Bringing a puppy into your home is one of the most exciting and rewarding decisions you could make. Puppies are furry balls of energy and affection, and many people see their lives enriched by bringing a pet into their world. Having a pet is a large responsibility, however, and dog owners need to be prepared for problems such as illness. Puppy owners, specifically, need to be aware of common puppy illnesses and what they can do to treat and prevent them.
There are two kinds of bloat in dogs: gastric dilatation-volvulus (GDV) and simple bloat. Some forms of simple bloat, known as dilatation, resolve on their own and progress far more slowly than GDV. Gastric dilatation-volvulus, however, is a life-threatening condition that can be fatal to dogs in less than a few hours. Larger breeds are most susceptible to bloat. Although bloating is most common in middle-aged and older dogs, puppies of larger breeds can still develop this condition.
Bloat occurs when a large amount of air is ingested into your pup’s stomach. When this air cannot be expelled through vomiting or burping, the ends of the dog‘s stomach begin to twist. The contents of the stomach then begin to ferment and part or all of the stomach may die. The symptoms of bloat include discomfort, inability to vomit and drooling.
Bloat needs to be addressed quickly in dogs. Early diagnosis and surgery will give your puppy a 90% survival rate or higher. However, if the stomach has already twisted and begun to die, that number is closer to 50%. The best way to help treat bloat in puppies is to identify it and have the problem treated immediately. You can prevent bloat by slowing down your puppy’s eating and making sure it has plenty of time to rest before and after a meal.
Coccidiosis is caused by an infestation of intestinal parasites in your puppy. It is among the most common puppy health problems, especially if your puppy has been exposed to an unsanitary and unclean environment. Coccidiosis is mainly caused by unclean drinking water that has been contaminated by feces.
Some dogs with coccidiosis show no symptoms, while others will be lethargic and have irregular stool. One of the principal signs of coccidiosis is blood in your puppy’s feces. If untreated, coccidiosis can be deadly, so be sure to seek professional help as soon as possible.
Coccidiosis is treated through antibiotics prescribed by a veterinarian. The drug treatment can last from one to four weeks depending on your dog’s reaction and the severity of the infection. The parasite that causes coccidiosis lives in animal feces, so keeping your puppy’s space sparkling clean is vital to preventing infection.
Distemper is a highly contagious disease that’s spread either through airborne particles or through the placenta of an infected mother. Distemper is a common puppy illness, especially in pups younger than four months.
The symptoms of distemper appear in two stages. The first stage includes symptoms like fever, nasal and eye discharge, loss of appetite and coughing. If the disease continues to progress, dogs will experience the second stage of progression, which includes neurological problems. You may see your dog’s head tilt, and your pup might experience seizures or convulsions.
The good news is that distemper can be prevented through vaccination. Be sure to get your furry friend fully vaccinated as soon as possible, and check with your breeder to get a clear idea of which shots your newest family member has received.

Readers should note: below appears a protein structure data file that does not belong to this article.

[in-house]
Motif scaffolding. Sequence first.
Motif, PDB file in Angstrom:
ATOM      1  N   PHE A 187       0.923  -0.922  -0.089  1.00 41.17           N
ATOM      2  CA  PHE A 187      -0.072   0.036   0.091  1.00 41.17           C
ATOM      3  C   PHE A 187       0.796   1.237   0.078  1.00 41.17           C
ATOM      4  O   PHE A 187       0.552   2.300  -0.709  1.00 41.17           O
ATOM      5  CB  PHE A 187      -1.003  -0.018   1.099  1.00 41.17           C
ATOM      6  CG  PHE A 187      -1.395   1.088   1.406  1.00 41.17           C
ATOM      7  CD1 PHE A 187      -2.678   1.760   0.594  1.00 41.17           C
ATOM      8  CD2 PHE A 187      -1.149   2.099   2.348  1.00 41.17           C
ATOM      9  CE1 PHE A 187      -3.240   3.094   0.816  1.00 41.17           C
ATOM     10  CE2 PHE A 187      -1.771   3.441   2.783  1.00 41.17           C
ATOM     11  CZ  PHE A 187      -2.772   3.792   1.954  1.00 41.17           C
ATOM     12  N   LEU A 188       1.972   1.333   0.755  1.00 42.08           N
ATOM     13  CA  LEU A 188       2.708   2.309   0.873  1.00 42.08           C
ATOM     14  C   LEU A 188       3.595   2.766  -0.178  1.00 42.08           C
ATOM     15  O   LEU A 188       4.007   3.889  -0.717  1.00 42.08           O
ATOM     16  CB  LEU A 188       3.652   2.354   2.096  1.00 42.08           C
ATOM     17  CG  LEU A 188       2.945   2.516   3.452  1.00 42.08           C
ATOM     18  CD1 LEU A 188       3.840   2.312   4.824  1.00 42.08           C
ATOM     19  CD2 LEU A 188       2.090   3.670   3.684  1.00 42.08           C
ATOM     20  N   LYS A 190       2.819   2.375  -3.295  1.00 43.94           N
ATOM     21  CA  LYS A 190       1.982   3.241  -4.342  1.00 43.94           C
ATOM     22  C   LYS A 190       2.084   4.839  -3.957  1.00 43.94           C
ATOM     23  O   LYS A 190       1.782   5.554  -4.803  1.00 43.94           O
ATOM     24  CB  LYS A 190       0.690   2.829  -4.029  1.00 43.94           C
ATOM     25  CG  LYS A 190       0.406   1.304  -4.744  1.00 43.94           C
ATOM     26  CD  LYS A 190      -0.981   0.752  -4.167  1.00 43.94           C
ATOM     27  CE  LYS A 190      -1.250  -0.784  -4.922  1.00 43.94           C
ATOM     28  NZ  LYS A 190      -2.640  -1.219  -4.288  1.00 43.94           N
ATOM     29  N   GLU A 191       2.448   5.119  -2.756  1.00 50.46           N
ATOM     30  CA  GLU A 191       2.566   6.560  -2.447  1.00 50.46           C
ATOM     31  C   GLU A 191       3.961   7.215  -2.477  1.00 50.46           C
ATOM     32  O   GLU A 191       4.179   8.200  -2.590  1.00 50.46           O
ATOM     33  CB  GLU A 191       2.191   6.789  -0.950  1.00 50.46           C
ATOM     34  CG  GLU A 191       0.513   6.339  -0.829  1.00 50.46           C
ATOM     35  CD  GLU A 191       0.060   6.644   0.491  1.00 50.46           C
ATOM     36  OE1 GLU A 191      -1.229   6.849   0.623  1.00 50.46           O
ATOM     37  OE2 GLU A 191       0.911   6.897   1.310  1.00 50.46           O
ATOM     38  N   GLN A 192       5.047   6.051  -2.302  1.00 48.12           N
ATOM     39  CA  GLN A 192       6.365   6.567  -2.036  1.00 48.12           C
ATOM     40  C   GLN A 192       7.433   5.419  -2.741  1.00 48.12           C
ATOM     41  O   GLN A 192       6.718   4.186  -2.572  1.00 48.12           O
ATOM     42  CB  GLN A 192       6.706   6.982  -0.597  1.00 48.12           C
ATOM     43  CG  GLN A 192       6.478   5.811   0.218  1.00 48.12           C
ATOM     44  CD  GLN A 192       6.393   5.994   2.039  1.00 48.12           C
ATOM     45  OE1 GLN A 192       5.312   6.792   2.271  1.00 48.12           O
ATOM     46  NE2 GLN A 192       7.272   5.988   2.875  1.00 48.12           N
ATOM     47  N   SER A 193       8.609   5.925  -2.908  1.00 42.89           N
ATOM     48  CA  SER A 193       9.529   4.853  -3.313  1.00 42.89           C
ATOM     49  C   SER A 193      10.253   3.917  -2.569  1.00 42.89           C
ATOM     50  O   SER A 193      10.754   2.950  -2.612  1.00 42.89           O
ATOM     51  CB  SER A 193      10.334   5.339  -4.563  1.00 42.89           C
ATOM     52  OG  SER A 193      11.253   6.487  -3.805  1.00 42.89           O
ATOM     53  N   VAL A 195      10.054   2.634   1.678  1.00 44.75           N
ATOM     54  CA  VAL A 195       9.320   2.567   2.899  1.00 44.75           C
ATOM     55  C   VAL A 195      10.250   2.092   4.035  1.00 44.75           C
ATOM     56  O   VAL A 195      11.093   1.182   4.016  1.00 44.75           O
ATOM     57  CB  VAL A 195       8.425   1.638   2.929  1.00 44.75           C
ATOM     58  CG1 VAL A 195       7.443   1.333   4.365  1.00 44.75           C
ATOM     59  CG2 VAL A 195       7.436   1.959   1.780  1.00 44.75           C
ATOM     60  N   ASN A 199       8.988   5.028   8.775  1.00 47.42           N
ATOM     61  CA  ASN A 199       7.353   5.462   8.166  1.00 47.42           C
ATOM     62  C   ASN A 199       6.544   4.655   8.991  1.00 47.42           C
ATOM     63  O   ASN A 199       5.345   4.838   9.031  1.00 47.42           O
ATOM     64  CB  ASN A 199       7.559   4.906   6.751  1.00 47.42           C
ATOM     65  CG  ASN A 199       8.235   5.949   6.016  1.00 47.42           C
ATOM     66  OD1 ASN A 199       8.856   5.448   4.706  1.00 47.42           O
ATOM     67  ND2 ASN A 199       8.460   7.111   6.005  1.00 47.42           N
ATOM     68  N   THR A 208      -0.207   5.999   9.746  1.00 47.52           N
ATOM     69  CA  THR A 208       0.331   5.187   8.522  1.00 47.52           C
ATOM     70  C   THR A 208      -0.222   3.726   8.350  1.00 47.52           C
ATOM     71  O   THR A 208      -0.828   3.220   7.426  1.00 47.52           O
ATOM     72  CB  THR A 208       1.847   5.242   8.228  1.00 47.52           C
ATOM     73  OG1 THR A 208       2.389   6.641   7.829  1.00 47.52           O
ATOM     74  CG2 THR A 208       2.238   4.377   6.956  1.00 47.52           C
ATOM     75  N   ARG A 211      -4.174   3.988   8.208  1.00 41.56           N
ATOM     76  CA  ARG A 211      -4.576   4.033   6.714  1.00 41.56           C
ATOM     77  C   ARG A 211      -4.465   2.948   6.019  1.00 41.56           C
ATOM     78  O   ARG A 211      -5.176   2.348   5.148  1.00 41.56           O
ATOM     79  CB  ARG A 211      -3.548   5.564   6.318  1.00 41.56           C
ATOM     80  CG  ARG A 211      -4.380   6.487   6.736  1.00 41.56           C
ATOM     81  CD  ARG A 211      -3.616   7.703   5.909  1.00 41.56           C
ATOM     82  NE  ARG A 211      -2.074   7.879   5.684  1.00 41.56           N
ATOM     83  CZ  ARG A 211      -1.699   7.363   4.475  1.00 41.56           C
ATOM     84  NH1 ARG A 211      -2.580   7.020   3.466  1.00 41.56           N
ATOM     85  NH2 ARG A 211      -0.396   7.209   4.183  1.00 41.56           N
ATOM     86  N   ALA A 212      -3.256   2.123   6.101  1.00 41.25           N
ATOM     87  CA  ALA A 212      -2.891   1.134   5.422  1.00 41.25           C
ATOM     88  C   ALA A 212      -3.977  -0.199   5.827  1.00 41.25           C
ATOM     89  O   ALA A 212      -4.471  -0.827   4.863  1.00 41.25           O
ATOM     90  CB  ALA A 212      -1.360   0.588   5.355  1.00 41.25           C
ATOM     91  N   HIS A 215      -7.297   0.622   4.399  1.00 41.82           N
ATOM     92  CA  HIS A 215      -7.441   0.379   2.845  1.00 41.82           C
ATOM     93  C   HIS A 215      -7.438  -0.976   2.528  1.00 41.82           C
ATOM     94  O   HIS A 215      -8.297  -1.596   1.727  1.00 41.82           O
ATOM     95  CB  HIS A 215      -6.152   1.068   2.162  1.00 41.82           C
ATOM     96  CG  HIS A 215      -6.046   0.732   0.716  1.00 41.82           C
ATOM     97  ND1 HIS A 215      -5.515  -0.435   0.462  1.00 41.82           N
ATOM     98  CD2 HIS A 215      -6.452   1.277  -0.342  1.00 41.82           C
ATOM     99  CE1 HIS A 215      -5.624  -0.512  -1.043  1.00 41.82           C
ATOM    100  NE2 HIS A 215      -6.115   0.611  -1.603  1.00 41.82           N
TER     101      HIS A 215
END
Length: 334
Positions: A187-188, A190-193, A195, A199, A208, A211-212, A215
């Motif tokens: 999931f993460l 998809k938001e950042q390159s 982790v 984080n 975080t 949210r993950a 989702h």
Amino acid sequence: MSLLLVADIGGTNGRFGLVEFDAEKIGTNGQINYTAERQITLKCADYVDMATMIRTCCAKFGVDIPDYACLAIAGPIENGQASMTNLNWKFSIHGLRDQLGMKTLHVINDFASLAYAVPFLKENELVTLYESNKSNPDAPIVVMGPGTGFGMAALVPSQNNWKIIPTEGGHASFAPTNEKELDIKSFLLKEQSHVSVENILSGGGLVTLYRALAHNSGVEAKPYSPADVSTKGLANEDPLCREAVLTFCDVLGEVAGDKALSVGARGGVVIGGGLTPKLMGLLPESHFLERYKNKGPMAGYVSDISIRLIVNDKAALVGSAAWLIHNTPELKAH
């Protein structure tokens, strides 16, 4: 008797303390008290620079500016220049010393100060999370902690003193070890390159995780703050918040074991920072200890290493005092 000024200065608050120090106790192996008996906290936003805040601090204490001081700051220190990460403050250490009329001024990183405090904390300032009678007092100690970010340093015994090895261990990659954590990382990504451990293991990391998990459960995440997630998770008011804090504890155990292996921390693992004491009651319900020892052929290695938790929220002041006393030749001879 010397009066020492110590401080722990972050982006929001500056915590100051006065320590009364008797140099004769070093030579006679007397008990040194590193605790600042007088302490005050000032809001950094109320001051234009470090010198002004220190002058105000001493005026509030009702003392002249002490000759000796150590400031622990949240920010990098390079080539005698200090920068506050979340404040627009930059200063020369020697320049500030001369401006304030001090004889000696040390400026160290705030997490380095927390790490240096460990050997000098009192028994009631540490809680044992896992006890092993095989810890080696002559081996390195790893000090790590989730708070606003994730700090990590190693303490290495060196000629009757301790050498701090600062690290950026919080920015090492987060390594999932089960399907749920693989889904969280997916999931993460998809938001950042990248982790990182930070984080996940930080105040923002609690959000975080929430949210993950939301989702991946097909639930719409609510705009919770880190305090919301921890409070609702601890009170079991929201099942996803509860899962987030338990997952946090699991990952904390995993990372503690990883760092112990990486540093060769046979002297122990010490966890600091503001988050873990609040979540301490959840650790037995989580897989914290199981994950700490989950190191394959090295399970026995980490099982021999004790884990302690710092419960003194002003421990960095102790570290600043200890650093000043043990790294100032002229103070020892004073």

Heartworms pose a serious problem to dogs of all ages. Puppies can easily be infected with heartworms through a mosquito bite. The larvae of heartworms are spread through mosquitoes and take about six months to mature and enter the heart and surrounding vessels.
The symptoms of heartworm don’t manifest themselves until months or even years after a dog has been infected. Once the symptoms become apparent, they usually include a cough, anemia, lethargy and difficulty breathing.
The prevention of heartworm is far less expensive than the treatment. You can give your puppy a pill every month after they’re over a certain age, usually seven months. You can also have shots given to your pet every six months and use topical solutions. Using these products will prevent heartworm disease, one of the most common puppy illnesses.
Parvovirus is a serious illness in young dogs that can lead to your beloved puppy’s untimely death. Similar to coccidiosis, parvovirus or parvo is highly contagious and spread through contact with infected feces. Puppies aged six weeks to six months are the most likely to contract parvo and spread it to other susceptible dogs.
The symptoms for parvovirus include bloody diarrhea, vomiting and weakness. Dehydration and weight loss are also common in puppies with parvo.
Common puppy illnesses and symptoms occasionally overlap. The symptoms for parvovirus and those for other common puppy health problems can be similar, so a test conducted by a veterinarian is the only way to know for sure what illness your puppy has.
There is no cure for parvovirus, but that doesn’t mean your puppy will die from this illness. Puppies with a veterinarian’s support have a good survival rate, around 70% or higher. Your vet will tell you the steps that need to be taken to support your pup during this illness, and puppies that survive the first few days will likely have a full recovery. Of course, prevention is the best treatment, so your puppy should begin its first round of parvovirus vaccine shots as soon as possible.
While owning a pet can seem like a daunting responsibility, the benefits far outweigh the challenges. Always be sure you’re ready to take on the responsibility that comes with maintaining a puppy’s health, and be aware of the potential health problems your dog’s breed is disposed to. With proper care and precautions, you’ll be able to see your puppy grow up and enjoy its sweet personality for years to come.